For flow cytometry, the following fluorochrome-conjugated antibodies are used: anti-mouse H-2Kb/H-2Db (clone 28-8-6, BioLegend), anti-mouse H-2Kb bound to SIINFEKL (clone 25-D1.16, BioLegend), anti-mouse CD3 (clone 17A2, BioLegend), anti-mouse CD28 (clone 37.51, BioLegend), anti-mouse granzyme B (clone GB11, BioLegend), anti-mouse B220 (clone RA3-6B2, BioLegend), anti-mouse CD49b (clone DX5, BioLegend), anti-mouse Gr-1 (clone RB6-8C5, BioLegend), anti-mouse MHC-II (clone M5/114.15.2, BioLegend), anti-mouse F4/80 (clone BM8, BioLegend), anti-mouse IFN-γ (XMG1.2, eBioscience), anti-mouse CD11b (M1/70, eBioscience), anti-mouse NK1.1 (clone PK136, BD), anti-mouse CD103 (clone M290, BD), anti-mouse CD206 (clone MR5D3, BD), anti-mouse CD24 (clone M1/69, BD), anti-mouse CD4 (clone GK1.5, BD), anti-mouse CD45 (clone 30-F11, BD), anti-mouse CD8a (clone 53-6.7, BD), anti-mouse Foxp3 (clone MF23, BD), anti-mouse γδ TCR (clone GL3, BD), anti-human CD3 (SK7, BioLegend), anti-human CD4 (SK3, BioLegend), anti-human CD8 (SK1, BioLegend), and anti-human 137(4-1BB) (4B4-1, BioLegend).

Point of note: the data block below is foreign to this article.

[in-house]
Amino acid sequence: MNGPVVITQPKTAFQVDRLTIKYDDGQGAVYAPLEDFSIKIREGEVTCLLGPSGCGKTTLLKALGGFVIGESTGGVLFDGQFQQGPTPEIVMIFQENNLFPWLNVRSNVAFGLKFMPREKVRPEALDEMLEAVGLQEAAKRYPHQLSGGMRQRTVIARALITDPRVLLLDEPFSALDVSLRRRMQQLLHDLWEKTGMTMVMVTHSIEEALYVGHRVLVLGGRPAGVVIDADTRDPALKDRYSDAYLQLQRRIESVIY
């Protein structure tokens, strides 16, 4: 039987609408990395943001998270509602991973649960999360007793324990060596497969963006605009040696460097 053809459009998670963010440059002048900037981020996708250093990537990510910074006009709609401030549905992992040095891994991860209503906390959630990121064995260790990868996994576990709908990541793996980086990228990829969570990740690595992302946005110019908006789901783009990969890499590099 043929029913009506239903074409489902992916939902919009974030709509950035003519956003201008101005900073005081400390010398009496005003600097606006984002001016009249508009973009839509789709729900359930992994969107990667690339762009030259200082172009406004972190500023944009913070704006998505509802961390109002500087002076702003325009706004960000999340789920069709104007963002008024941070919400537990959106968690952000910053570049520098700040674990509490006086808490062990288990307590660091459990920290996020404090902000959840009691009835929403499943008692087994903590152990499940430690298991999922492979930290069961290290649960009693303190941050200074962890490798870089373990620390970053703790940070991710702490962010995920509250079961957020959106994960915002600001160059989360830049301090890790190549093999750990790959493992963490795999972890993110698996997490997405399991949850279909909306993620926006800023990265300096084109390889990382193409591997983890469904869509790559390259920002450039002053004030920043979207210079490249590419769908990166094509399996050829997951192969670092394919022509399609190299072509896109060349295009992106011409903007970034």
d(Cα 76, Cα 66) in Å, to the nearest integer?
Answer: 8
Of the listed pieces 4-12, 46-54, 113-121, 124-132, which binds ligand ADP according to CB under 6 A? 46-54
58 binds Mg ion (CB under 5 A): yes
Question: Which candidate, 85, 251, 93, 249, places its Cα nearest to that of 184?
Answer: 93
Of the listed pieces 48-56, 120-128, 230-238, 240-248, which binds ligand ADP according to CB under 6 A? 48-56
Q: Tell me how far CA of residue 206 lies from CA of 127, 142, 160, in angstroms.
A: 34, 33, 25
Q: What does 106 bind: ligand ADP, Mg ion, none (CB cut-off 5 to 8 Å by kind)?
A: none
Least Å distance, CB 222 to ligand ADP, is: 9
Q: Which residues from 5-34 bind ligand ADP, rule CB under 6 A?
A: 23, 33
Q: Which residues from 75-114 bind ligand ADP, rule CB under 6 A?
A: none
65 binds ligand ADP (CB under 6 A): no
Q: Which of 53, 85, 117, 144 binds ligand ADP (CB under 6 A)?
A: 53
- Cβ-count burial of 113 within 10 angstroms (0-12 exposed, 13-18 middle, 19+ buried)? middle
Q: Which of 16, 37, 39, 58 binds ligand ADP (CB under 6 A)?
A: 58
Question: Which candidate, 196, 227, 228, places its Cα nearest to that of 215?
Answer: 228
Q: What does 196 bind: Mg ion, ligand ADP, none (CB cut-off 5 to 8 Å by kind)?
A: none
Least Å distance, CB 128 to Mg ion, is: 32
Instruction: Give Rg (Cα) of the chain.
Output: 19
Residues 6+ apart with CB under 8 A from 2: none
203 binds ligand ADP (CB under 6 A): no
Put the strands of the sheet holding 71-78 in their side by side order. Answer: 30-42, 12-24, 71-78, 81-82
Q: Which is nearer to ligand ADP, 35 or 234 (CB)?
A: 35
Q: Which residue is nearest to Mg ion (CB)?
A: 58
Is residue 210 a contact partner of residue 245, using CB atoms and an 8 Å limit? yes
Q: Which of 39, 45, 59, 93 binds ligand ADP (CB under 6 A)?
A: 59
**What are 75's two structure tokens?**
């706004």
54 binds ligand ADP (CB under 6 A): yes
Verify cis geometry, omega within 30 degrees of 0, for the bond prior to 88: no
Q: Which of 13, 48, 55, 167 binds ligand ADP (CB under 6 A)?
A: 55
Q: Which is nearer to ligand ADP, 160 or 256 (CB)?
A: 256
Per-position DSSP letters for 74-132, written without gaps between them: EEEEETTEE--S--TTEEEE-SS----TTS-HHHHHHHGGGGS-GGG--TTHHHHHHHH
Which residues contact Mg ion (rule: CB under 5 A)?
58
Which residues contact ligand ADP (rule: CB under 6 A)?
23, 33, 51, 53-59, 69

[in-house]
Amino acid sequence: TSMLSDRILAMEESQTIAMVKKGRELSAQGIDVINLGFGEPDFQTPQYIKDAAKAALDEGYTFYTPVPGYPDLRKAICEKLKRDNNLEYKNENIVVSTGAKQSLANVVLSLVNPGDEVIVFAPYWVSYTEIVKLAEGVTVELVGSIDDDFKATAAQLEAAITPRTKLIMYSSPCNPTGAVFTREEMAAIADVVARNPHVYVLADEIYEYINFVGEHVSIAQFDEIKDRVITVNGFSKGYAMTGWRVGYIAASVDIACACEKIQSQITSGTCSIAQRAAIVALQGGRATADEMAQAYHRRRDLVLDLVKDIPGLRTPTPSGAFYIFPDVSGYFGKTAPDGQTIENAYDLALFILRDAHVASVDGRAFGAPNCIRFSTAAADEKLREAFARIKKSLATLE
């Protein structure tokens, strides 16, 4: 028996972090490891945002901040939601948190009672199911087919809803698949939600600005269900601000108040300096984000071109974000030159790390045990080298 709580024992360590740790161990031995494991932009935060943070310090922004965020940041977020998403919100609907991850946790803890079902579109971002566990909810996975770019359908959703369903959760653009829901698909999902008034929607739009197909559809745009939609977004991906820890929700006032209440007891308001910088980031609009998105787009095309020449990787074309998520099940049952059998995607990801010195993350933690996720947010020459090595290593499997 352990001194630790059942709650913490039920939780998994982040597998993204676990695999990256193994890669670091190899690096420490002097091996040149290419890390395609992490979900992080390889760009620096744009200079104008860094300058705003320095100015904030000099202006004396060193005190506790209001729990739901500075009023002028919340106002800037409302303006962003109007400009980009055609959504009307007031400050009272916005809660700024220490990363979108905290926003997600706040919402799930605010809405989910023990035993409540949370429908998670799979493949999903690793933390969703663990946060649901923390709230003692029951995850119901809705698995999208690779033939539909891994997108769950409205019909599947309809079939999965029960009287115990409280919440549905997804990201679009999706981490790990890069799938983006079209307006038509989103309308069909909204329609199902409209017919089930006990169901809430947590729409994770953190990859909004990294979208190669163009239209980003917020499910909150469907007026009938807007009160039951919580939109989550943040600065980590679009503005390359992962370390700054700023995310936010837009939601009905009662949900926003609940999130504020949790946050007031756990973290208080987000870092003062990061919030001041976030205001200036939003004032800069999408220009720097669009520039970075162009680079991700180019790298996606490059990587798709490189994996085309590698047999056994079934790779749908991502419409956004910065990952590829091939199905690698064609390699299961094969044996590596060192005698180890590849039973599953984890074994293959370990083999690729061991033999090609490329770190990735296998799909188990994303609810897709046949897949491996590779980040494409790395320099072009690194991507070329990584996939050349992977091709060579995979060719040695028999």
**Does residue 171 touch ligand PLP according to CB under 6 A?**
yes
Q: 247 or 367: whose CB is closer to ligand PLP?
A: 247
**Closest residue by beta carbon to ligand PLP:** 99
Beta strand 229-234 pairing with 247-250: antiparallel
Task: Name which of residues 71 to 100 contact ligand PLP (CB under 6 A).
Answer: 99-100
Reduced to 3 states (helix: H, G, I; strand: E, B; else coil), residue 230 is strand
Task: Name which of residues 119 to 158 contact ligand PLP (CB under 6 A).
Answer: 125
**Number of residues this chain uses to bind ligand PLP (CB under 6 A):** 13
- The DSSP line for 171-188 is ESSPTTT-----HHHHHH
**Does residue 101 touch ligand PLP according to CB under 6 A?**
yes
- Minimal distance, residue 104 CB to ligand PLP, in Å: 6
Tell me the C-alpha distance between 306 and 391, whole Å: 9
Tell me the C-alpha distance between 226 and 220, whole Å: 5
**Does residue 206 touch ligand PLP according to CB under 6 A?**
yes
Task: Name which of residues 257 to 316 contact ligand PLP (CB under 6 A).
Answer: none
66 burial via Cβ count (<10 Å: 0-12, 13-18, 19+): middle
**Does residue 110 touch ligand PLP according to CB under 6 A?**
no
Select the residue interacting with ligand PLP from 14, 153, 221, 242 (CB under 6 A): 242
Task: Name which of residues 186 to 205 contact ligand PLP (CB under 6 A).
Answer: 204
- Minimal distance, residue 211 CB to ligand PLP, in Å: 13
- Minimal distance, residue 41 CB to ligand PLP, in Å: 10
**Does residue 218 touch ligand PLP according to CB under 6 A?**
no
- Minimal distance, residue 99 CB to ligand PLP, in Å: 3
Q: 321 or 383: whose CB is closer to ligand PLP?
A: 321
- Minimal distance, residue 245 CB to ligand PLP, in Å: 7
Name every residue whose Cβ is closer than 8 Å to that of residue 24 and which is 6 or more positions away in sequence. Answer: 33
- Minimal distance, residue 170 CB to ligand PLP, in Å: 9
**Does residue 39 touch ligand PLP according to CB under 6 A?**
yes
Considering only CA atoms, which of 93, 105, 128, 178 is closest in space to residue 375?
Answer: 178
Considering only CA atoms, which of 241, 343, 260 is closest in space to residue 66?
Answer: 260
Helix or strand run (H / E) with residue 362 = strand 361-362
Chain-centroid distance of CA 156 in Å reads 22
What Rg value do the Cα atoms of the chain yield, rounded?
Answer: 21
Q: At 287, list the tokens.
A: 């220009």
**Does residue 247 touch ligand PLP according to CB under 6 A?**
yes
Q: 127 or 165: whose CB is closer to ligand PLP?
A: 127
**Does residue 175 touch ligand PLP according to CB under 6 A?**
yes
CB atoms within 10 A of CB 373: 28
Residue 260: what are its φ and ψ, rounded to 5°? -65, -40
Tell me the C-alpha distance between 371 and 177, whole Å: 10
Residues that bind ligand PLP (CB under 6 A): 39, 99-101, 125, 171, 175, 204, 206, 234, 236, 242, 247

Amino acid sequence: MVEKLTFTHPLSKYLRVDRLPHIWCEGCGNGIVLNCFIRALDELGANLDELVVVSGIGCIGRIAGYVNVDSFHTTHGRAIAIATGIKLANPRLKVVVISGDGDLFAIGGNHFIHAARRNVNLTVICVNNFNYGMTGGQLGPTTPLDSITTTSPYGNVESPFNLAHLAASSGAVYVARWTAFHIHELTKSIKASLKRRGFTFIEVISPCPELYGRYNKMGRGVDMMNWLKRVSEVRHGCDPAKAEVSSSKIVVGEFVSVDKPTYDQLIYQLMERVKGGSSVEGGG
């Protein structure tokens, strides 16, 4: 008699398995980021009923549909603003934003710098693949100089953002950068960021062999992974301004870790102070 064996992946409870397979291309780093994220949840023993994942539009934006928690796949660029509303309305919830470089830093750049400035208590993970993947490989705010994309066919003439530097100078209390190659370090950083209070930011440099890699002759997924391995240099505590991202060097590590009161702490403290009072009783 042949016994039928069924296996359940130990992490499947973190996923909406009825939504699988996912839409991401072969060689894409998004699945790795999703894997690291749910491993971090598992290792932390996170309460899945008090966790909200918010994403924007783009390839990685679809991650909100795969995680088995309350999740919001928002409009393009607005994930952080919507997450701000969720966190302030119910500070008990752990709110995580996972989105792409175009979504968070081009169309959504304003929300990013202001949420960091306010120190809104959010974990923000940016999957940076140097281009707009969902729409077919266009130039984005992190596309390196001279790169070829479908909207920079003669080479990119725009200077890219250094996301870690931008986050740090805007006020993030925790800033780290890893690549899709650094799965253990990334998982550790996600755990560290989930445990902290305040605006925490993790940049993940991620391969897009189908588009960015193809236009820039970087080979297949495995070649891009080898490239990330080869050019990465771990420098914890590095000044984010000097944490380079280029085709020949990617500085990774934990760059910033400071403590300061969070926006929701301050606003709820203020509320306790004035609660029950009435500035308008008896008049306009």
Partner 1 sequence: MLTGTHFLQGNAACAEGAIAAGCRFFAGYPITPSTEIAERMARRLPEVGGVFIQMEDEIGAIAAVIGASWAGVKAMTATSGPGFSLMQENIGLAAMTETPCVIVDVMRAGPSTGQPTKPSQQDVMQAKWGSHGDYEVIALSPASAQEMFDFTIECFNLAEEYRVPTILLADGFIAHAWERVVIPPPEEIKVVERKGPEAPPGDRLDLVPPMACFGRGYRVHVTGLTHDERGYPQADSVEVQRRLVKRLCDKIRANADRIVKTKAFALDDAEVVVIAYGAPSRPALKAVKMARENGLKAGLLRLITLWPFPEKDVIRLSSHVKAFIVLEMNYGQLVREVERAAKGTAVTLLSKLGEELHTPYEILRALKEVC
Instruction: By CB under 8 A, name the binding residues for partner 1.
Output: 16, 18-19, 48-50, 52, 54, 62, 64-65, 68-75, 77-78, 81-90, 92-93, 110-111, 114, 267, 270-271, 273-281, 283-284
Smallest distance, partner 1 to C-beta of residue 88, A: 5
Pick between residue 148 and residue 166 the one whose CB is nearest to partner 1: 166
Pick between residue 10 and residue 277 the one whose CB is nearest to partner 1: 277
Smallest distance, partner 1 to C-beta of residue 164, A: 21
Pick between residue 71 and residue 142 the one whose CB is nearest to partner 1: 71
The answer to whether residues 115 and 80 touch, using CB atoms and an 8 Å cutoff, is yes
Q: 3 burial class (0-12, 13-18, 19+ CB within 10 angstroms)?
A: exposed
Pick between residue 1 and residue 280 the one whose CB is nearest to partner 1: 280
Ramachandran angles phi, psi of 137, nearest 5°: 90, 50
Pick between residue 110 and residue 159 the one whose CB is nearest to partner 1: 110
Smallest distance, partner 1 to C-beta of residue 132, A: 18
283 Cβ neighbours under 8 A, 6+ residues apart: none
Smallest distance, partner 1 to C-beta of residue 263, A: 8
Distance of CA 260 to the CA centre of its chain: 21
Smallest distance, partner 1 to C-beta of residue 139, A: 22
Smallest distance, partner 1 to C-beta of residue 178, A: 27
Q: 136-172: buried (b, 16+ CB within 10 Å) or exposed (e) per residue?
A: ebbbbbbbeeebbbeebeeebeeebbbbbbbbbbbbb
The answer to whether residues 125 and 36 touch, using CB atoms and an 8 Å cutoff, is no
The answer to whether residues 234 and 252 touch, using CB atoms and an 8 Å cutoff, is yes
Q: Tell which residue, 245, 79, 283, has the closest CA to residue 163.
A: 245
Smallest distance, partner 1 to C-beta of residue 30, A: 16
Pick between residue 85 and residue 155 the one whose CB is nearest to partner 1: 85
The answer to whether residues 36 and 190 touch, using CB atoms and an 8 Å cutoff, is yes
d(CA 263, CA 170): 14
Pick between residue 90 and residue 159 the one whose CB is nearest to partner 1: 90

Vectors, RNA interference, and lentiviral transfection

The full length of EPIC1 was amplified from the plasmid described before (27) and inserted into the PCDH-CMV vector, which was then named PCDH-EPIC1. The deletion mutants and truncated EPIC1 were constructed by using QuickChange II XL Site-Direct Mutagenesis Kit (Agilent Technologies). All of the abovementioned plasmids were verified by DNA sequencing at Genomics Research Core, University of Pittsburgh. The full length of OVA was purchased from the Addgene. These constructs, together with pMD2.G and psPAX2, were transfected into 293T cells to produce lentivirus, the supernatant-containing lentivirus was collected at 48 hours after transfection. Cells were infected by the lentiviruses for 24 hours and selected with puromycin to establish stable expressing cell lines.